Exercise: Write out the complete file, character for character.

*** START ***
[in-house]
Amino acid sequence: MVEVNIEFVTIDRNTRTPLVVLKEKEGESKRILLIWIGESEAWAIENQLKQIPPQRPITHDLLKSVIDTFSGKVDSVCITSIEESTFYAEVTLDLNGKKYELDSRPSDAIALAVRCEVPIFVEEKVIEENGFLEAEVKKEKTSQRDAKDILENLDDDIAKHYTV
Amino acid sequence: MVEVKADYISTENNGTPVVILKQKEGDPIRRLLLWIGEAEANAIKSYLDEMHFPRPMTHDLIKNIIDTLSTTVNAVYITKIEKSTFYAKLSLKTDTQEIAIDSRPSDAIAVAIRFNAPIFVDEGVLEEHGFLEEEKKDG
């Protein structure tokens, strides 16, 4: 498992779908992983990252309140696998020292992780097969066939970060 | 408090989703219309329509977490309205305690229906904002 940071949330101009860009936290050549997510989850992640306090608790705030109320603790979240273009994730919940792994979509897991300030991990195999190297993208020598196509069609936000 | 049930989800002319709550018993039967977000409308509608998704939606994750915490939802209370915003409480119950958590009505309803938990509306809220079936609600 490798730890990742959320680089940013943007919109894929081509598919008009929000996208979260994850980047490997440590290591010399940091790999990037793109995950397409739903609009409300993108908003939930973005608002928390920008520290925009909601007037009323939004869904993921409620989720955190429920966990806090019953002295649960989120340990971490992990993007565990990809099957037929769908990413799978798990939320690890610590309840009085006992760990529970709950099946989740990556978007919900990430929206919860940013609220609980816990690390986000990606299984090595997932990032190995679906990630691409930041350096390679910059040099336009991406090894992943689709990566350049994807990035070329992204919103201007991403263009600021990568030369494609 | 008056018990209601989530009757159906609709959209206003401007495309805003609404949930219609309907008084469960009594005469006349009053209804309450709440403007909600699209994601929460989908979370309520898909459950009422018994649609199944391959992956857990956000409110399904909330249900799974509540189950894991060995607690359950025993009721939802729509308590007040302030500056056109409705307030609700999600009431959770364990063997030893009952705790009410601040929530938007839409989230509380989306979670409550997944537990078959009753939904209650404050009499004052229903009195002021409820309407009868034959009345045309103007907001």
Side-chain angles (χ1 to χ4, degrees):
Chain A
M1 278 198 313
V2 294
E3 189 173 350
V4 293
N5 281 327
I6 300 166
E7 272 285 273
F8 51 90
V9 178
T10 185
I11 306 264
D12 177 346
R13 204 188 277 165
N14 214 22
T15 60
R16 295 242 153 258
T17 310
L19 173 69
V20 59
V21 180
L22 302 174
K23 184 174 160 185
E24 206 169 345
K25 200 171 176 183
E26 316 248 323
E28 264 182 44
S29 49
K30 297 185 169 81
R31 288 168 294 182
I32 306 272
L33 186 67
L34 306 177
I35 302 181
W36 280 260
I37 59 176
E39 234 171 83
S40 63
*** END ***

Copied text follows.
[in-house]
Amino acid sequence: MVEVNIEFVTIDRNTRTPLVVLKEKEGESKRILLIWIGESEAWAIENQLKQIPPQRPITHDLLKSVIDTFSGKVDSVCITSIEESTFYAEVTLDLNGKKYELDSRPSDAIALAVRCEVPIFVEEKVIEENGFLEAEVKKEKTSQRDAKDILENLDDDIAKHYTV
Amino acid sequence: MVEVKADYISTENNGTPVVILKQKEGDPIRRLLLWIGEAEANAIKSYLDEMHFPRPMTHDLIKNIIDTLSTTVNAVYITKIEKSTFYAKLSLKTDTQEIAIDSRPSDAIAVAIRFNAPIFVDEGVLEEHGFLEEEKKDG
């Protein structure tokens, strides 16, 4: 498992779908992983990252309140696998020292992780097969066939970060 | 408090989703219309329509977490309205305690229906904002 940071949330101009860009936290050549997510989850992640306090608790705030109320603790979240273009994730919940792994979509897991300030991990195999190297993208020598196509069609936000 | 049930989800002319709550018993039967977000409308509608998704939606994750915490939802209370915003409480119950958590009505309803938990509306809220079936609600 490798730890990742959320680089940013943007919109894929081509598919008009929000996208979260994850980047490997440590290591010399940091790999990037793109995950397409739903609009409300993108908003939930973005608002928390920008520290925009909601007037009323939004869904993921409620989720955190429920966990806090019953002295649960989120340990971490992990993007565990990809099957037929769908990413799978798990939320690890610590309840009085006992760990529970709950099946989740990556978007919900990430929206919860940013609220609980816990690390986000990606299984090595997932990032190995679906990630691409930041350096390679910059040099336009991406090894992943689709990566350049994807990035070329992204919103201007991403263009600021990568030369494609 | 008056018990209601989530009757159906609709959209206003401007495309805003609404949930219609309907008084469960009594005469006349009053209804309450709440403007909600699209994601929460989908979370309520898909459950009422018994649609199944391959992956857990956000409110399904909330249900799974509540189950894991060995607690359950025993009721939802729509308590007040302030500056056109409705307030609700999600009431959770364990063997030893009952705790009410601040929530938007839409989230509380989306979670409550997944537990078959009753939904209650404050009499004052229903009195002021409820309407009868034959009345045309103007907001």
Side-chain angles (χ1 to χ4, degrees):
Chain A
M1 278 198 313
V2 294
E3 189 173 350
V4 293
N5 281 327
I6 300 166
E7 272 285 273
F8 51 90
V9 178
T10 185
I11 306 264
D12 177 346
R13 204 188 277 165
N14 214 22
T15 60
R16 295 242 153 258
T17 310
L19 173 69
V20 59
V21 180
L22 302 174
K23 184 174 160 185
E24 206 169 345
K25 200 171 176 183
E26 316 248 323
E28 264 182 44
S29 49
K30 297 185 169 81
R31 288 168 294 182
I32 306 272
L33 186 67
L34 306 177
I35 302 181
W36 280 260
I37 59 176
E39 234 171 83
S40 63